The Interview: Bookbag Talks To R D Shanks
|The Interview: Bookbag Talks To R D Shanks|
|Summary: Ani was quietly impressed by debut author Rachael Shanks' A Reverie of Brothers and she had quite a few questions when the author popped into Bookbag Towers.|
|Date: 24 January 2014|
|Interviewer: Ani Johnson|
Ani was quietly impressed by debut author Rachael Shanks' A Reverie of Brothers and she had quite a few questions when the author popped into Bookbag Towers.
- Bookbag: When you close your eyes and imagine your readers, who do you see?
R D Shanks: That’s a really difficult question to answer! I started writing ‘A Reverie of Brothers’ when I was sixteen and for the first few years the only people that read parts of it were my mum and a couple of friends, after I begged them to have a look and tell me what they thought! So it’s hard to imagine strangers reading my book, but also really exciting too. I imagine my readers as shy, day-dreamy people, like me, who read in cosy corners on buses and trains.
- BB: Your debut novel, 'A Reverie of Brothers has a strong theme of family against family and the distribution, use and abuse of power set against a fantasy backdrop without any sorcery. Why did you choose a fantasy setting and were you tempted to add a spell or two?
RDS: I chose a fantasy setting for the novel because I wanted to start with a blank slate. I liked the idea of being able to make up the history and geography of the Castilian Empire completely from scratch; it was a fun imaginative exercise! I didn’t fully flesh out the landscape outside of the capital city because I wanted readers to project their own visions of where it takes place onto the story. But at the same time as wanting a fantastical setting, I also wanted the characters to be real people. Even though some characters might be more villainous than people you’d meet in everyday life, they are still just as human as you or me. I also thought that having magic might make it too easy to solve some of their problems. However, I must have been building up an interest in magic while I was writing, as my next project, a book for children, is fit to bursting with spells and sorcery!
- BB: I loved to hate Princess Ava as I couldn't find a single redeeming feature in her. (Hope you don't mind me saying that!) What did you think about her while you were writing and do you feel differently about her now she's fully formed?
RDS: A lot of people hate Princess Ava, so I don’t mind you saying that at all! I’ve always been a big supporter of villains in literature (my favourite character in Gormenghast is Steerpike, for example) and I often feel like villains are much more charismatic and interesting than the heroes. So I was curious if I could create a villain that wouldn’t inspire such sympathy in readers, and I think with Ava I succeeded. I like to think, though, that there is some good in her somewhere – maybe she would have become more self-aware when she grew up...though probably not! Writing someone that loathsome is incredibly fun, because she is so desperate for power that she’ll say or do almost anything. I also think Ava is interesting because even though she’s probably the most despicable character in the story, she still isn’t the primary villain, since she has no real power. The plot is very much moved along by people she would look down on as peasants, and she has very little control over anything. Which is probably why she tortures Acario so much, since that’s the only power she has.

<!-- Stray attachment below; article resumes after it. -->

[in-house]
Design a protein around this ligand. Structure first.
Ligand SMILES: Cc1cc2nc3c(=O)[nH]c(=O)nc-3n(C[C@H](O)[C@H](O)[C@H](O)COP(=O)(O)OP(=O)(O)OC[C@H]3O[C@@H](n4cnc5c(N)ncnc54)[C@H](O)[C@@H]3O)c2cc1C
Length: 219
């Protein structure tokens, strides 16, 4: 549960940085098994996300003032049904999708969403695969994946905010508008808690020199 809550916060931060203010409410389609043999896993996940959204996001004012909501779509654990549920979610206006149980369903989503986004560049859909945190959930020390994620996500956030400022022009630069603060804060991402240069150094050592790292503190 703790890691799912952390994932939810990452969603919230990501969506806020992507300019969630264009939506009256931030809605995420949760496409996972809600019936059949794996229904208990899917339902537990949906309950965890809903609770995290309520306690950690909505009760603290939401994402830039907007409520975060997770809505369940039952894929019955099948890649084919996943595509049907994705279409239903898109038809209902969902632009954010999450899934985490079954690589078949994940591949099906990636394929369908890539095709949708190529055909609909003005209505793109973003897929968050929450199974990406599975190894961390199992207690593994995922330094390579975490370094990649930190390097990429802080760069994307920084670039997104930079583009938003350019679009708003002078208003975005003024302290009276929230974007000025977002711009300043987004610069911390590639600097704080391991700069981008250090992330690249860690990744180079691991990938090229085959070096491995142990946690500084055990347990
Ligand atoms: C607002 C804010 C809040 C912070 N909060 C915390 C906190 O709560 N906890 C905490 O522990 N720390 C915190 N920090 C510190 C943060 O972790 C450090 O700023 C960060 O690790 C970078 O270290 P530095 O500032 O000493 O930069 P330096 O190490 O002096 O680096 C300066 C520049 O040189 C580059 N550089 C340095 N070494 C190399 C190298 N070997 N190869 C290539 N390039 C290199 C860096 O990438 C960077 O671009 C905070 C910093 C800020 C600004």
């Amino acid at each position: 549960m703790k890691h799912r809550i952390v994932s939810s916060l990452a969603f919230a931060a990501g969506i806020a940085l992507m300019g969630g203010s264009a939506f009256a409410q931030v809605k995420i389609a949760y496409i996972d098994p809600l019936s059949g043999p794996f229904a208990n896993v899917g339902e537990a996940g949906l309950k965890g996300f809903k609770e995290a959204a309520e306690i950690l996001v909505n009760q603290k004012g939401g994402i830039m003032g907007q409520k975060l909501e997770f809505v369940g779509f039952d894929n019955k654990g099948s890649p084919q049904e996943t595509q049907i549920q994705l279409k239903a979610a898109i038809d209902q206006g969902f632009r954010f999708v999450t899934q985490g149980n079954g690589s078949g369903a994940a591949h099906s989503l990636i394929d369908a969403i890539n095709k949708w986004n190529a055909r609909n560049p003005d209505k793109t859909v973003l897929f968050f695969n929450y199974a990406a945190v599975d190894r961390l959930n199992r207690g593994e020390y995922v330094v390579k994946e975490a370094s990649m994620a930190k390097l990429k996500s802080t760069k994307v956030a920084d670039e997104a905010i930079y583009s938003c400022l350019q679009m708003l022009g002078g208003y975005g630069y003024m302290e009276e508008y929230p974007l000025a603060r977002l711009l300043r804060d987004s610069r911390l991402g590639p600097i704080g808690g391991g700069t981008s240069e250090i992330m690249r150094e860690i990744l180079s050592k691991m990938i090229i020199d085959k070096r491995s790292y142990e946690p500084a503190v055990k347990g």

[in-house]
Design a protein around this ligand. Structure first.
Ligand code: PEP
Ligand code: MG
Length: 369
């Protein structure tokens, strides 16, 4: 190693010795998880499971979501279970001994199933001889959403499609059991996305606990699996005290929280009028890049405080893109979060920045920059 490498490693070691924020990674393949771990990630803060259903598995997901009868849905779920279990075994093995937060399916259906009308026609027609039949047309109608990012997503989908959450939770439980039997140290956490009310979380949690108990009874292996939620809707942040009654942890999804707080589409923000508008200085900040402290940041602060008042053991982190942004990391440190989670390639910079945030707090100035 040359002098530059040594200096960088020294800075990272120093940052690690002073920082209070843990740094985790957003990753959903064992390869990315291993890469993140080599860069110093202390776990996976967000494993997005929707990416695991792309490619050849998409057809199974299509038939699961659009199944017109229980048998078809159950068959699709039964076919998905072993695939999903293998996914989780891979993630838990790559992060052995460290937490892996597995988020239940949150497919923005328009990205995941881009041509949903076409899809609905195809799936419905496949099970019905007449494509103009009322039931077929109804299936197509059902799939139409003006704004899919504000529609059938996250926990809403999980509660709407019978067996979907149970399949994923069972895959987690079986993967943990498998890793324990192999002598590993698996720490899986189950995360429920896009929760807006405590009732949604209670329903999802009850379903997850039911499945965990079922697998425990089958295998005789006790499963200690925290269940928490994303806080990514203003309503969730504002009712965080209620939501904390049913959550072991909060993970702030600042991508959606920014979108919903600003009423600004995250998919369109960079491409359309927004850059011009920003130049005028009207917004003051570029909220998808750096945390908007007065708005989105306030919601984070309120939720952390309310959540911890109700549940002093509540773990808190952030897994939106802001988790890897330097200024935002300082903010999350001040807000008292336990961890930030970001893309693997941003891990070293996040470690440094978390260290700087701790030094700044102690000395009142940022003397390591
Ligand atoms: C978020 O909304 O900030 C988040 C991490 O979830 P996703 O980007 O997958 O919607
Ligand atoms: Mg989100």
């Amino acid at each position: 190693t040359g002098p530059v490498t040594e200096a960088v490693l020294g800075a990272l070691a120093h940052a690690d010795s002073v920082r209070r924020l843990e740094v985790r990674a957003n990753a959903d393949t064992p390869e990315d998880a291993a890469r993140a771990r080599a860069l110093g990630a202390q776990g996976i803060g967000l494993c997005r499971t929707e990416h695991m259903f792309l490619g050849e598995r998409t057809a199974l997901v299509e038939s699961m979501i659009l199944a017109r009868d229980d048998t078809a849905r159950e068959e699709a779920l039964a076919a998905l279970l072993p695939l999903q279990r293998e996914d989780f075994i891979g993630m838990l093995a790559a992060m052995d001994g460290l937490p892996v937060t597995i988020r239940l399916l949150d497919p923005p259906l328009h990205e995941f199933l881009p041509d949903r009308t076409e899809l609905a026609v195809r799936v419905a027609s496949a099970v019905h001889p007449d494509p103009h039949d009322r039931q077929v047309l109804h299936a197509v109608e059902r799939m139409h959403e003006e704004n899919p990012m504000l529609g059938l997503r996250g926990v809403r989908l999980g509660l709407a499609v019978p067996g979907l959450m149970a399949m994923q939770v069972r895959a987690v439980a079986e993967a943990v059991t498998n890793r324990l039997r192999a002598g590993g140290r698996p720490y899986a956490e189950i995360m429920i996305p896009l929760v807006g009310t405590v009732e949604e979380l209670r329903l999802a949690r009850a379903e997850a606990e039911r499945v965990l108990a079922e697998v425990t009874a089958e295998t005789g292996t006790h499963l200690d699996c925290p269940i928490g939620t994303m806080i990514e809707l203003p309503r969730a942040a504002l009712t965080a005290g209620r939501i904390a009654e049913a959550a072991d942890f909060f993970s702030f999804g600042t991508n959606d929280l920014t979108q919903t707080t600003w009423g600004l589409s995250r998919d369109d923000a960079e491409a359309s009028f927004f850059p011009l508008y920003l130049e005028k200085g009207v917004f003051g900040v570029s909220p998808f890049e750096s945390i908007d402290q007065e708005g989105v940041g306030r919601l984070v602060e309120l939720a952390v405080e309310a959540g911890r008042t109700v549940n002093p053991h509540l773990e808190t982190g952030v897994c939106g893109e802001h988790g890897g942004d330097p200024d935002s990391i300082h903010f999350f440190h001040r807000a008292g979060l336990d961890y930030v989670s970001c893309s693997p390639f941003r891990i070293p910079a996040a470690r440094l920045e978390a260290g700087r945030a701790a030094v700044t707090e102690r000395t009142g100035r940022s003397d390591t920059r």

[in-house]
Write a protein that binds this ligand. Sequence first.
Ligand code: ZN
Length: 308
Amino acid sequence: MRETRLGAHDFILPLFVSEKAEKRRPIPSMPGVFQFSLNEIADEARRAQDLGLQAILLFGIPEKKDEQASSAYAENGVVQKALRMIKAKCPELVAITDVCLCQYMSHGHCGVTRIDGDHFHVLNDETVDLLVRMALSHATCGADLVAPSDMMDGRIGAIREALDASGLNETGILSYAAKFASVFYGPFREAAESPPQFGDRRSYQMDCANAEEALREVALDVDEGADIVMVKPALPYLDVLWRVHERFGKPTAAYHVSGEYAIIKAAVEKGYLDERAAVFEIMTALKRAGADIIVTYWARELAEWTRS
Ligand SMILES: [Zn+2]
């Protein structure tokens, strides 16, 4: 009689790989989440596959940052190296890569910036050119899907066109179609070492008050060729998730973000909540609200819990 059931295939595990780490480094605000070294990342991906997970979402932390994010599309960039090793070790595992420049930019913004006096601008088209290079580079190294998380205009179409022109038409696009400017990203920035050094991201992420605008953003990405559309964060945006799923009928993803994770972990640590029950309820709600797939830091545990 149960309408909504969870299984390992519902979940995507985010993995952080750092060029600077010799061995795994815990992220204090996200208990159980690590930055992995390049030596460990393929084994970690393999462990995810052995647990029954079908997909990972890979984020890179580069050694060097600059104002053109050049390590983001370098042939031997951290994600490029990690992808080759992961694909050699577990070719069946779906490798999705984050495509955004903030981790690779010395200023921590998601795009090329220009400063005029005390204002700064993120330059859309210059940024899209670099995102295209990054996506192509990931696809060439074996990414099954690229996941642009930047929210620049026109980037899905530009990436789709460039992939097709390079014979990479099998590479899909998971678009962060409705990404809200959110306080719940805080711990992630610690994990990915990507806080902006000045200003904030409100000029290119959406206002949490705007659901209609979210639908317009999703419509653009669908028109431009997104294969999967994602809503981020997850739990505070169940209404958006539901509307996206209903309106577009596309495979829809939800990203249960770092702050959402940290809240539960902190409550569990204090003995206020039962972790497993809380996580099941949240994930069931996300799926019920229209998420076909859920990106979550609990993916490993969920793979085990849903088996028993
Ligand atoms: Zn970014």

- BB: I won't give anything away, but there's a hugely important episode near the beginning of the book that shapes Princess Ava and her cousin Prince Arcario's relationship from that moment but is skimmed briefly. Does this mean there'll be a prequel to look forward to when the event and the things that lead up to it will have their own novel?
RDS: The chapter that gives the backstory about Ava and Acario’s relationship caused me lots of trouble when I was planning the novel! Originally I thought I could describe the events in a series of flashbacks, and then I thought of opening the novel with a prologue focused on the events in Oslen. The problem with that idea, though, was that I wanted to introduce the reader to the main setting of Horizon straight away. I also wanted to let Chiron take centre-stage at first, which is why he’s the focus of the first chapter, and we only meet Acario for a short while at the end of that chapter. I liked the idea that as the fortunes of one brother rose, the other would fall, so that by the end of the story, one brother has almost replaced the other as the main character. So that’s why such an important incident in Acario’s past, which is a pivotal moment in his life, is described so briefly, because he doesn’t come into his own as a character until later, when he starts to resist Ava. I do like the idea of a prequel, though, because there were a few parts of the story that had to be missed out from the novel, since they weren’t crucial to the main plot. It’d be fun to tell the story of the downfall of Cauis, Ava’s father, and I’d enjoy writing about Chiron and Acario as children in the castle, with both their parents. So a prequel might be on the cards one day!